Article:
September 19, 2014

Medina
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Volpone trial: Officer could hear bullets whiz by

MEDINA — On Jan. 16, Montville Township police Sgt. Matthew Neil responded to a 911 call that two homes on Parnham Drive were struck by bullets.

Neil said gunfire had ceased when he arrived, and he was trying to determine where the bullets came from when “a barrage” of shots sounded through the neighborhood.

“I could hear them whiz by my head,” Neil said in Medina County Common Pleas Court on Wednesday. “I had never heard that before.”

R. Daniel Volpone, left, and his attorney, David Sheldon, stand Wednesday in the backyard of 5544 Windfall Road, Montville Township. Volpone is on trial, accused of firing a semiautomatic assault rifle at a target in the backyard and unintentionally hitting two houses on the other side of the woods. (GAZETTE PHOTO BY NICK GLUNT)

A nine-woman, three-man jury heard Neil’s testimony as part of R. Daniel Volpone’s first day of trial.

Volpone, 45, of Parma, is accused of firing the gun — a semiautomatic version of an AK-47 assault rifle — with his friend, Mark Bornino, at paper targets without backstops in Bornino’s backyard, 5544 Windfall Road, Montville Township.

The houses that were hit are about a third of a mile away.

No one was injured in the shooting.

Volpone is charged with firing a gun over a public road, a third-degree felony punishable by up to three years in prison.

County Assistant Prosecutor Michael McNamara said bullets passed over Parnham Drive to strike a house at 2907 Parnham. He said a bullet also struck 2902 Parnham Drive.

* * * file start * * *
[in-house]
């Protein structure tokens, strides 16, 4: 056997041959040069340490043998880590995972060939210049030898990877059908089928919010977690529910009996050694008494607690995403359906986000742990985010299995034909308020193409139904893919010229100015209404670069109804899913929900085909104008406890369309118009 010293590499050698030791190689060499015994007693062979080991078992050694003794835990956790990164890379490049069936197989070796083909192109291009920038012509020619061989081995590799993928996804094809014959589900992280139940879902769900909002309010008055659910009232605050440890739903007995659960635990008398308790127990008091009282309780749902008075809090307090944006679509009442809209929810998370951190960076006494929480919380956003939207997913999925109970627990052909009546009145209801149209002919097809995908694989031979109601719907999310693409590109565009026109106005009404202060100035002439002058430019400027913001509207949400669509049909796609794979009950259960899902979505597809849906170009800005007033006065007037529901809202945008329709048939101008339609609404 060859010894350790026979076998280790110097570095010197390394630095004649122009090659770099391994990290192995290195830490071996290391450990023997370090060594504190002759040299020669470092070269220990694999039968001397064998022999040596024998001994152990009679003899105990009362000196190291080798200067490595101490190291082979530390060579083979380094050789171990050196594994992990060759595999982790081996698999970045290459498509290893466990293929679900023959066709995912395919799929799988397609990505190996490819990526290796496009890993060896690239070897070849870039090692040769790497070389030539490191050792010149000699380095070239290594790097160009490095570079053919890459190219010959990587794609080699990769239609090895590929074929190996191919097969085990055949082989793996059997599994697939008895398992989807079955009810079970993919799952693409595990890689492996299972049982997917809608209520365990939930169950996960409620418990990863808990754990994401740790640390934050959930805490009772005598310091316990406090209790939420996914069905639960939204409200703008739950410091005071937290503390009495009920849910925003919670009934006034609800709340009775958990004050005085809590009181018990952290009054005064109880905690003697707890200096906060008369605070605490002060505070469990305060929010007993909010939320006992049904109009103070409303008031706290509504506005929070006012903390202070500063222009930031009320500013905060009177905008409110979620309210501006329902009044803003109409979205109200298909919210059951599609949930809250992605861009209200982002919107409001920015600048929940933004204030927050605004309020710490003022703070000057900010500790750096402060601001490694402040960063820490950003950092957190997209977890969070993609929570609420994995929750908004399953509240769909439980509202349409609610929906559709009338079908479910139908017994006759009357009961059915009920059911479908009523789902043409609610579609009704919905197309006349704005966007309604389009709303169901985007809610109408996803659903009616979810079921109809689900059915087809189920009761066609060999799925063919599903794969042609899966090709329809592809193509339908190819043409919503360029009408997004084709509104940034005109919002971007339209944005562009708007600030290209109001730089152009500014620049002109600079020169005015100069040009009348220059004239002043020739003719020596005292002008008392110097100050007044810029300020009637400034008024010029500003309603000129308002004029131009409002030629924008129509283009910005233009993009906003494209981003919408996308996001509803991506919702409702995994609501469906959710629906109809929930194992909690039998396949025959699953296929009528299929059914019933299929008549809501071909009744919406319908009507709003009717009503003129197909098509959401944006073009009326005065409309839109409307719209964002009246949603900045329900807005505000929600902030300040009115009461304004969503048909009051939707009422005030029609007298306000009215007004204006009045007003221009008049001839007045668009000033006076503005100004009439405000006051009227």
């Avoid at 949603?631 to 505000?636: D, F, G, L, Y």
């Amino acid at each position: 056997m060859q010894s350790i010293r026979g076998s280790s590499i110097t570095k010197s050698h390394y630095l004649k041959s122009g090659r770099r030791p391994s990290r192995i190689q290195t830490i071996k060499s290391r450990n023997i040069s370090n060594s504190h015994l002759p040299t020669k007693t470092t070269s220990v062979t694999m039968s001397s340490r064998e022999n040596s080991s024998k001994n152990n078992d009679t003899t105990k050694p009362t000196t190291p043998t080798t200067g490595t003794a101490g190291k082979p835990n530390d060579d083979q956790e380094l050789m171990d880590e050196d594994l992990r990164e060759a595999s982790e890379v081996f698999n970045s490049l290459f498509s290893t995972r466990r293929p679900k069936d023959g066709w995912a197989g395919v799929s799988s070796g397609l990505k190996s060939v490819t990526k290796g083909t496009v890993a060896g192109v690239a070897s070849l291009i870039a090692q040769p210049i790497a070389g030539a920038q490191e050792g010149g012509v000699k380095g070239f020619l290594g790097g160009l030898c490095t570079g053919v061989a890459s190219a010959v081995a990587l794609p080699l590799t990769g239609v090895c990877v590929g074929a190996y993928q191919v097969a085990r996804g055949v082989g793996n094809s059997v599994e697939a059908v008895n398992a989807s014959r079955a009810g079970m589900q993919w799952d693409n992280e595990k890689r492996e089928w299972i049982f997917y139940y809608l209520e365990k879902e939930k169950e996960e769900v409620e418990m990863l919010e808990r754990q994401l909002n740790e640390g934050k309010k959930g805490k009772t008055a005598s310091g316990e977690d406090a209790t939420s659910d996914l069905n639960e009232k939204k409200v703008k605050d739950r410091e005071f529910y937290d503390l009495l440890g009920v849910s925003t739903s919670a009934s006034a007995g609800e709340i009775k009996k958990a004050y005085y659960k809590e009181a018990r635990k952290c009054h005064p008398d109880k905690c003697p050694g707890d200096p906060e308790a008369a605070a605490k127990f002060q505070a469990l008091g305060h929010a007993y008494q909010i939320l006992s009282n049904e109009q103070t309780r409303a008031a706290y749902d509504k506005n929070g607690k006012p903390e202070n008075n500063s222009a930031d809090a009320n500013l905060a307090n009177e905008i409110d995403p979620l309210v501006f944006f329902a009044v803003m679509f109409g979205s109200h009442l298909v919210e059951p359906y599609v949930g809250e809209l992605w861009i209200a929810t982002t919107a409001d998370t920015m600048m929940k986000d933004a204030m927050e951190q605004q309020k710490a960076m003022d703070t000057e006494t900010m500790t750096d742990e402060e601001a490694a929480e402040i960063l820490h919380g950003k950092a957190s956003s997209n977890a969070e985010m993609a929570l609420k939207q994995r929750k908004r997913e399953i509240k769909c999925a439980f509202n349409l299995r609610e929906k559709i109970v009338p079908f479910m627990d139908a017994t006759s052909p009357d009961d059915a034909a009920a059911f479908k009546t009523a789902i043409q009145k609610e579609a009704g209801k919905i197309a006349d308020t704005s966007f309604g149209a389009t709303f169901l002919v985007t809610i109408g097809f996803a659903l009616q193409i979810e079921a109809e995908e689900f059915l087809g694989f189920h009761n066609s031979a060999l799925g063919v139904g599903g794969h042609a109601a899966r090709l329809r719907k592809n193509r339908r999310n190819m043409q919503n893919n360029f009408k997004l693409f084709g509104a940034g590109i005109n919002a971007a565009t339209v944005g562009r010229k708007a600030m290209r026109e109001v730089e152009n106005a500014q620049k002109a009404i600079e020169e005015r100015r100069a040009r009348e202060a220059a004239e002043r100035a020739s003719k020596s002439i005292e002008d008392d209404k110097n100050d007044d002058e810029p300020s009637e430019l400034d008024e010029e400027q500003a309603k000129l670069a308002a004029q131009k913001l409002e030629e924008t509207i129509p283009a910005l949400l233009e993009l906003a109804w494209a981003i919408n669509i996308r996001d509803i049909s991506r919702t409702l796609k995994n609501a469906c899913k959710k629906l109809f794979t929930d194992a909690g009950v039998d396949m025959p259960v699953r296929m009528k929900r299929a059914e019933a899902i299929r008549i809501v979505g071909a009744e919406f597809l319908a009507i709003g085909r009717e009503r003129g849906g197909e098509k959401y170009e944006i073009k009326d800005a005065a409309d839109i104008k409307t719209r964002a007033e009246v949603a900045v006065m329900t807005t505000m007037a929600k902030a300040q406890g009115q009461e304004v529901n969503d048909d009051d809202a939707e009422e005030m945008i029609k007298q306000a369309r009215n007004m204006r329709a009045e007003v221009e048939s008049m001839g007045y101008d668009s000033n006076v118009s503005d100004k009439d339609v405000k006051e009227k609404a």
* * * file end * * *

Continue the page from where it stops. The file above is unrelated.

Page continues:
Volpone’s attorney, David Sheldon, said he and his client don’t deny his bullets hit the houses. However, Sheldon said Volpone shouldn’t be convicted because he didn’t act recklessly.

In opening arguments, Sheldon said Volpone had fired guns on Bornino’s property in 2005 without any problems. But Volpone wasn’t aware that, since then, the Parnham Drive neighborhood had been built.

When Volpone arrived with the gun, Bornino already had the targets — made of paper or cardboard and without backstops — set up in his yard, Sheldon said.

Volpone, who has taken 20 hours of Ohio Police Officer Training Academy classes and carries a firearm as part of his job as a security officer, fired the gun at a downward angle. By doing so, he hoped to use the ground as a “natural backstop,” Sheldon said.

At the trial, the jury heard from residents from both homes struck by bullets.

Nina-jo Seither, who lived at 2902 Parnham Drive but has since moved, said she was eating a sandwich when she heard something unfamiliar.

After looking around her house, she found a hole in a wall and called 911.

Across the street at 2907 Parnham, Mary Kuruc and her adult daughter, Karrie Kuruc, said they also heard an odd sound.

“It sounded to me like a picture fell off the wall downstairs,” Mary Kuruc said.

The two women looked around their house to find the source, and Karrie Kuruc said she spotted drywall and debris on the floor and a couch in the living room.

She said she thought a pipe had burst in the wall. She went outside to take a look, she said, and that’s when she realized there was a bullet hole.

She called 911 as well, and police — including Sgt. Neil — arrived shortly afterward.

Neil said he used Google Maps to deduce the bullets may have come from Windfall Road, which lies to the east through a patch of woods and sent over officers to investigate.

That’s when another wave of shots went off, he said.

Township patrol officers Richard Percy and Ryan Gibbons reported they found Volpone and Bornino and ordered them to the ground at gunpoint.

Police arrested the men and seized the rifle, two high-capacity magazines and three handguns — a 9 mm, a 280-caliber and a 22-caliber.

Also seized were 628 rounds of 7.62 mm ammunition for the rifle and about 100 cartridges for the pistols.

Mary Kuruc said her insurance company valued the damage to her home at about $3,000.

After he was released on bail, Volpone went to the Kuruc home to apologize and offer to pay for the damage. Mary Kuruc said on the stand she believed he was sincere.

Volpone’s trial is scheduled to continue today at 9 a.m. before county Common Pleas Judge Christopher J. Collier.

Contact reporter Nick Glunt at (330) 721-4048 or nglunt@medina-gazette.com.